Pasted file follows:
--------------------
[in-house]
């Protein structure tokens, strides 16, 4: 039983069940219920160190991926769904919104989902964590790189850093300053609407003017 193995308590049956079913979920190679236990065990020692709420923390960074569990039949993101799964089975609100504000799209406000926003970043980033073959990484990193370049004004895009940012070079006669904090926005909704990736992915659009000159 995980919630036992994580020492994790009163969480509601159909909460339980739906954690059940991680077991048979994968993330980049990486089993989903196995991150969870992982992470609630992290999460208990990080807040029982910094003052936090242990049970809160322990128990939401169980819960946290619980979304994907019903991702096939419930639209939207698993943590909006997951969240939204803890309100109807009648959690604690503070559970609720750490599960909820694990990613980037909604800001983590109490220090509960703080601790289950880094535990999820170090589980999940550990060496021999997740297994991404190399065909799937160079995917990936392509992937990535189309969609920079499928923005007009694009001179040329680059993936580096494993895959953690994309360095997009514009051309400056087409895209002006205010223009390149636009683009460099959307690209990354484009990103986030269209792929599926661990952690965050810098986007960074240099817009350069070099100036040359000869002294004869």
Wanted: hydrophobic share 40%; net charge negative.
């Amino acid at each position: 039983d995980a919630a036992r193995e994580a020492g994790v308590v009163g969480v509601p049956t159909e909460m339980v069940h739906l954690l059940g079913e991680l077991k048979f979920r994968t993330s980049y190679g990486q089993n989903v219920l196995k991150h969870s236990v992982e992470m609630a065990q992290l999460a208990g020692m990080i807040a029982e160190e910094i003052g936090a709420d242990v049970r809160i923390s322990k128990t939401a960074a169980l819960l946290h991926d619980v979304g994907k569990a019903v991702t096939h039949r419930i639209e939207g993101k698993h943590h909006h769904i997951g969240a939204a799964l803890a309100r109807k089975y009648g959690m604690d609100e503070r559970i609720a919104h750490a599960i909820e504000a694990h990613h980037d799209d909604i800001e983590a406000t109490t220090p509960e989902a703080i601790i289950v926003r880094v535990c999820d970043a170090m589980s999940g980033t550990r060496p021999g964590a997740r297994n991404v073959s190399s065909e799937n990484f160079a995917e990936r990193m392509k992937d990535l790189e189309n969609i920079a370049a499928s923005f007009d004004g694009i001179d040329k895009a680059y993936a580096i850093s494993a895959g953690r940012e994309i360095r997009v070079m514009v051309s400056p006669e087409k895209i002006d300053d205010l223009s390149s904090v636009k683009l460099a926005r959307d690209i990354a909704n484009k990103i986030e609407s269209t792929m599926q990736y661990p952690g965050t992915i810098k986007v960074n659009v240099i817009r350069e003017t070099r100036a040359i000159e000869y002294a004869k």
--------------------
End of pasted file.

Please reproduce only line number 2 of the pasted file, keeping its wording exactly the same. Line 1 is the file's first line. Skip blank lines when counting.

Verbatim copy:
């Protein structure tokens, strides 16, 4: 039983069940219920160190991926769904919104989902964590790189850093300053609407003017 193995308590049956079913979920190679236990065990020692709420923390960074569990039949993101799964089975609100504000799209406000926003970043980033073959990484990193370049004004895009940012070079006669904090926005909704990736992915659009000159 995980919630036992994580020492994790009163969480509601159909909460339980739906954690059940991680077991048979994968993330980049990486089993989903196995991150969870992982992470609630992290999460208990990080807040029982910094003052936090242990049970809160322990128990939401169980819960946290619980979304994907019903991702096939419930639209939207698993943590909006997951969240939204803890309100109807009648959690604690503070559970609720750490599960909820694990990613980037909604800001983590109490220090509960703080601790289950880094535990999820170090589980999940550990060496021999997740297994991404190399065909799937160079995917990936392509992937990535189309969609920079499928923005007009694009001179040329680059993936580096494993895959953690994309360095997009514009051309400056087409895209002006205010223009390149636009683009460099959307690209990354484009990103986030269209792929599926661990952690965050810098986007960074240099817009350069070099100036040359000869002294004869």